The foreign terrorists have already picked a fight with the Iraqi Sunni insurgency by glomming on to their racketeering business in the Anbar province. This is no joke, racketeering and protection money from local businesses is one of the primary ways both sides raise money and they have now broken out in open gun battles on the streets because of this conflict.

Besides, if we left Iraq, we could give Sunnis the proper incentives to fight the foreign jihadists without endangering our own troops.

So, what is victory in the new war we are fighting in Iraq and how do we accomplish it? It won’t be possible to answer that fully in this short piece, but let me start to answer. Victory is when the Sunnis, Shiites and Kurds have achieved some meaningful balance of power without our presence.

As I explained before, if they achieve a balance now with our heavy presence on the ground, that is a false balance of power that will change as soon as we leave and stop tipping the scales to one side. That is useless. So, we must find a way to exit while we maintain a workable balance of power between all the parties

Calling it a democracy and going home might suit the Democrats purpose, and will soon also suit the Republicans as soon as they see their polls in their local districts. But it doesn’t suit the purpose of peace and stability in the area.

A democracy in name means absolutely nothing if the government is not willing to act like a democracy. So, will the Shiite majority give Sunnis rights and share the oil revenue? That is the only thing that can appease the Sunnis, and thereby get them to slow their insurgency.

Right now, that is not what the Shiite power holders appear to be planning. They appear to be setting up a regime that will take as much of the power and oil revenue as they possibly can. We have to disabuse them of this notion. We have to make it clear to them that this is not in the region’s interest, in our interest, and accordingly, their interest.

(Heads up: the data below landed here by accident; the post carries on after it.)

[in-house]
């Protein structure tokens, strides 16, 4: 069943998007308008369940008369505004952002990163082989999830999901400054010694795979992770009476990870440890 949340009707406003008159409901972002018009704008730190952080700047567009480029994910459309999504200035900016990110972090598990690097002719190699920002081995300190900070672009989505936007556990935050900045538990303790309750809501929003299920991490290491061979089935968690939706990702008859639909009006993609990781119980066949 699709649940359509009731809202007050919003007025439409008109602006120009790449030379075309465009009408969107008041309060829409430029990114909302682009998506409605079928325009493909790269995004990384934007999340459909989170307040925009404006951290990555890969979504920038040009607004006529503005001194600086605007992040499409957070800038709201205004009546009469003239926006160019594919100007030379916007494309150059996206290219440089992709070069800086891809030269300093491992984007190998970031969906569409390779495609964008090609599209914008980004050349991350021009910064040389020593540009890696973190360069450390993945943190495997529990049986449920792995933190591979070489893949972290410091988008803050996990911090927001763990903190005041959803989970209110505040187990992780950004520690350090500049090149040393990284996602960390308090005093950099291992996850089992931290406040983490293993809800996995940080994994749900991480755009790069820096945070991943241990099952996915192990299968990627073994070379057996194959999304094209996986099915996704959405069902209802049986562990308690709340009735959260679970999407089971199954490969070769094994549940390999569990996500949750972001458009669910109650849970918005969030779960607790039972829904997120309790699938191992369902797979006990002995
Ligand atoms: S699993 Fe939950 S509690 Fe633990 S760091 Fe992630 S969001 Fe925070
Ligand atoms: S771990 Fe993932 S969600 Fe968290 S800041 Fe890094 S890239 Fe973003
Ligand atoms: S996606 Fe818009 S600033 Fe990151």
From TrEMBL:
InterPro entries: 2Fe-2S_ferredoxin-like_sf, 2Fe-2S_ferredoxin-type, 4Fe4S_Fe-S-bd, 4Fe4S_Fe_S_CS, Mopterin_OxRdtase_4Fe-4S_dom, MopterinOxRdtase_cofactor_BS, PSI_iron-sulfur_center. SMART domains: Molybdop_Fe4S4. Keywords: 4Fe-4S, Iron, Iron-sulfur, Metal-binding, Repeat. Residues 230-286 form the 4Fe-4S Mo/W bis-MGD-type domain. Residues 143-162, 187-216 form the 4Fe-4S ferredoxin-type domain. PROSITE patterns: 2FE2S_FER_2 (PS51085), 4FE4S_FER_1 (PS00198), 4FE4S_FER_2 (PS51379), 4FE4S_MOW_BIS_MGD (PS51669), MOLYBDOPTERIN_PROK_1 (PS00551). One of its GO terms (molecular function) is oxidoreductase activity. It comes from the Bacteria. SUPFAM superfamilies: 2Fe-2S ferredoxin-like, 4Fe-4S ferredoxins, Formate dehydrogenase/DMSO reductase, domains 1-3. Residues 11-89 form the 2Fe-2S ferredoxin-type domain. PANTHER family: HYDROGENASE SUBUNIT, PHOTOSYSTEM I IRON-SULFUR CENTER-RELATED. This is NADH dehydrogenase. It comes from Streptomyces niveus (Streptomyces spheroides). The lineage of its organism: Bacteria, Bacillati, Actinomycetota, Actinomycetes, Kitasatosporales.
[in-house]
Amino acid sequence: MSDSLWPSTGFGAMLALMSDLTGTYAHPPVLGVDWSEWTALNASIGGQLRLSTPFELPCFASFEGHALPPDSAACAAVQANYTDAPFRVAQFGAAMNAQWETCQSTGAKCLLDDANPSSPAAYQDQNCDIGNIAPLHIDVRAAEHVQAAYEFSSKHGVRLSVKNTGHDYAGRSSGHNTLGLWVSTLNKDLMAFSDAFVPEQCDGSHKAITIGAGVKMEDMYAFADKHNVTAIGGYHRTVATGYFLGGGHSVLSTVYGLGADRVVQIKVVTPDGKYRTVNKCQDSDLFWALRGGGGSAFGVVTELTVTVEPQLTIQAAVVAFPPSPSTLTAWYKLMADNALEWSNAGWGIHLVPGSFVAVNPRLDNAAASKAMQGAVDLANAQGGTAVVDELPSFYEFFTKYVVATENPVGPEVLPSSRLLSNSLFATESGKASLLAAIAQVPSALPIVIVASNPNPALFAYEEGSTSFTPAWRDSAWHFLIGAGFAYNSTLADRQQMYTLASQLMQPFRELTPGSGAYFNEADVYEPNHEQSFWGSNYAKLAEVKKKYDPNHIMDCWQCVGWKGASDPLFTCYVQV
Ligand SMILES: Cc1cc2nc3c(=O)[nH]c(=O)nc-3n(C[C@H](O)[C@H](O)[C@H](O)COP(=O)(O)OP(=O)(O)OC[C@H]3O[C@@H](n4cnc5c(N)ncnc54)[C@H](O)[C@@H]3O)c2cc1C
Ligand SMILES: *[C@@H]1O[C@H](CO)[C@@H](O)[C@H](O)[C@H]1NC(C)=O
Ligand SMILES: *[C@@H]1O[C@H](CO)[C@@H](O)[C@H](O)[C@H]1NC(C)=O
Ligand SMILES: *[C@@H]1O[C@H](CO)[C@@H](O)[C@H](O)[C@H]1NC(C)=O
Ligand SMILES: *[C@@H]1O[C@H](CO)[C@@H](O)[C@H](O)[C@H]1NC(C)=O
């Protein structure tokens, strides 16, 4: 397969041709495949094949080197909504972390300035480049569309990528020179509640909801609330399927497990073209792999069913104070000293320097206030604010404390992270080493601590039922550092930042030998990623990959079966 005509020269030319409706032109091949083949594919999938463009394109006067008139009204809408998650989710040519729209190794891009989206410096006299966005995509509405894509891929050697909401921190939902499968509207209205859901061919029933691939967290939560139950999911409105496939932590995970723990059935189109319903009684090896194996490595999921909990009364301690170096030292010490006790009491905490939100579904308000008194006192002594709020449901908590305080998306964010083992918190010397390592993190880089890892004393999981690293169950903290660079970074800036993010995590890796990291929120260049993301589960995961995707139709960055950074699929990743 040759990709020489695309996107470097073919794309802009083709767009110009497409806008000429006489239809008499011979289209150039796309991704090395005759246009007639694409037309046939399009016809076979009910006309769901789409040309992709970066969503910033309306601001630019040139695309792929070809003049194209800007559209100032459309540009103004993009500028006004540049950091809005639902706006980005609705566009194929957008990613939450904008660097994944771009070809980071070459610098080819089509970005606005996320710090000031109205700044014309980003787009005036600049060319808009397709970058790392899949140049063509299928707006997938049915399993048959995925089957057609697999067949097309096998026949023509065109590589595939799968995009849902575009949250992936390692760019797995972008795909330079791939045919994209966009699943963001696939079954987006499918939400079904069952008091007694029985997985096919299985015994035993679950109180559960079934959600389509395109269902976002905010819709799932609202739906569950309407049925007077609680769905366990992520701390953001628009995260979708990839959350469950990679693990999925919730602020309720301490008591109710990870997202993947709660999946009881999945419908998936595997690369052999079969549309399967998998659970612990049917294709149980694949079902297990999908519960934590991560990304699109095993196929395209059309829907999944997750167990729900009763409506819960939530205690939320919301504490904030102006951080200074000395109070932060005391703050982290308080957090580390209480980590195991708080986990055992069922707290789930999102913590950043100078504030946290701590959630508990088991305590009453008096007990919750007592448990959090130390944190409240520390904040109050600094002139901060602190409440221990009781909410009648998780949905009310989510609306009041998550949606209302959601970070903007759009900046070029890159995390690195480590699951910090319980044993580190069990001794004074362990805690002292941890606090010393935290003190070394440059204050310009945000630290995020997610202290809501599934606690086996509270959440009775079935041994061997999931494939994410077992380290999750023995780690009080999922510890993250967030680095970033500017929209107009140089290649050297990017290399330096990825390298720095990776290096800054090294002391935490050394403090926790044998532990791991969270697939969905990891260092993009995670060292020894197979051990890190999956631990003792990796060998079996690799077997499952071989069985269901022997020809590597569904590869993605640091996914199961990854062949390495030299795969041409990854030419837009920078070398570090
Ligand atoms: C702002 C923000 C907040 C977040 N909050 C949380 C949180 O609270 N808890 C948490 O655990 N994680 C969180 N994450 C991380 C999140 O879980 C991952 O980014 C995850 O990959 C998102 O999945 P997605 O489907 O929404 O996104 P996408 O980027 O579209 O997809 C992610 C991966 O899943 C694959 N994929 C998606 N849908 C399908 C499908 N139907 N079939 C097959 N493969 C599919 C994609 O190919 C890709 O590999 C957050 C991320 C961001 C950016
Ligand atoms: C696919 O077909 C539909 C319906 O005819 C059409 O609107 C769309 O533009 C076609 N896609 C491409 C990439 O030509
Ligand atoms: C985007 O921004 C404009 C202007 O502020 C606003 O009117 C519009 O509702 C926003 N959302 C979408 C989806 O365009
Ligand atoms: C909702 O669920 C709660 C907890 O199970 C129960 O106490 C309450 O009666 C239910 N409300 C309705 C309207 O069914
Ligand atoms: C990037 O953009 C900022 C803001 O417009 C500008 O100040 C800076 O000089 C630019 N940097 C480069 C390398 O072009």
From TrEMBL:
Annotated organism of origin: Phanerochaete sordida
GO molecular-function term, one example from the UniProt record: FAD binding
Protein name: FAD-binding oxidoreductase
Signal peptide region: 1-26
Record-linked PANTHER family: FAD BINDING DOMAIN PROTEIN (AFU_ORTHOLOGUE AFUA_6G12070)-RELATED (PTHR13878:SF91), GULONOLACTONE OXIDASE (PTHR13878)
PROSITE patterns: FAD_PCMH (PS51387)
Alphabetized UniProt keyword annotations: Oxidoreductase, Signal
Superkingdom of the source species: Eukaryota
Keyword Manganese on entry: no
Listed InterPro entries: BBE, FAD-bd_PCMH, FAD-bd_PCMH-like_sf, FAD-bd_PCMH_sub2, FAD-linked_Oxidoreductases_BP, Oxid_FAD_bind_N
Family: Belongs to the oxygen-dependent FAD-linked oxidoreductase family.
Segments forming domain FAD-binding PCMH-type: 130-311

In other words, we have to lean on them. It will appear that we are at odds with the “democratically elected” government of Iraq. But in reality, we are just trying to keep a civil war from breaking out by keeping the Shiites from crushing the Sunnis.

The delicate balance of oil rich Kirkuk in northern Iraq, with all of its different warring ethnicities, is another enormous problem. Another enormous problem we didn’t have before the war and one that certainly has nothing to do with whether we were about to be attacked by Iraq or the 9/11 attacks against us. Nonetheless, I have to paraphrase Don Rumsfeld -- we have the war we have, not the war we’d like to have.

There are a slew of incentives and disincentives we could give the Kurds to get them to ease up on the Arab Sunnis in the area (let alone the Turkmen – don’t ask). But pretending there’s a democracy that has nothing to do with all the oil in Kirkuk is preposterous. The Kurds are moving the Arabs out of town forcibly so that they could have more Kurdish votes in town to accommodate that “democracy.” They are structuring the democracy around the oil rather than vice versa.

Yet, we have the President blathering on about the good guys versus the bad guys, and how we are fighting against people who hate freedom. Has there ever been a President whose rhetoric is more irrelevant? Bush certainly knows how to create problems, but it looks like he has absolutely no idea how to solve them.

I’m hoping there are a couple of people in government who are smarter and can get a grasp of what’s happening in Iraq. It’s time to get beyond the original war we thought we were fighting in Iraq and get on to the one we are actually fighting.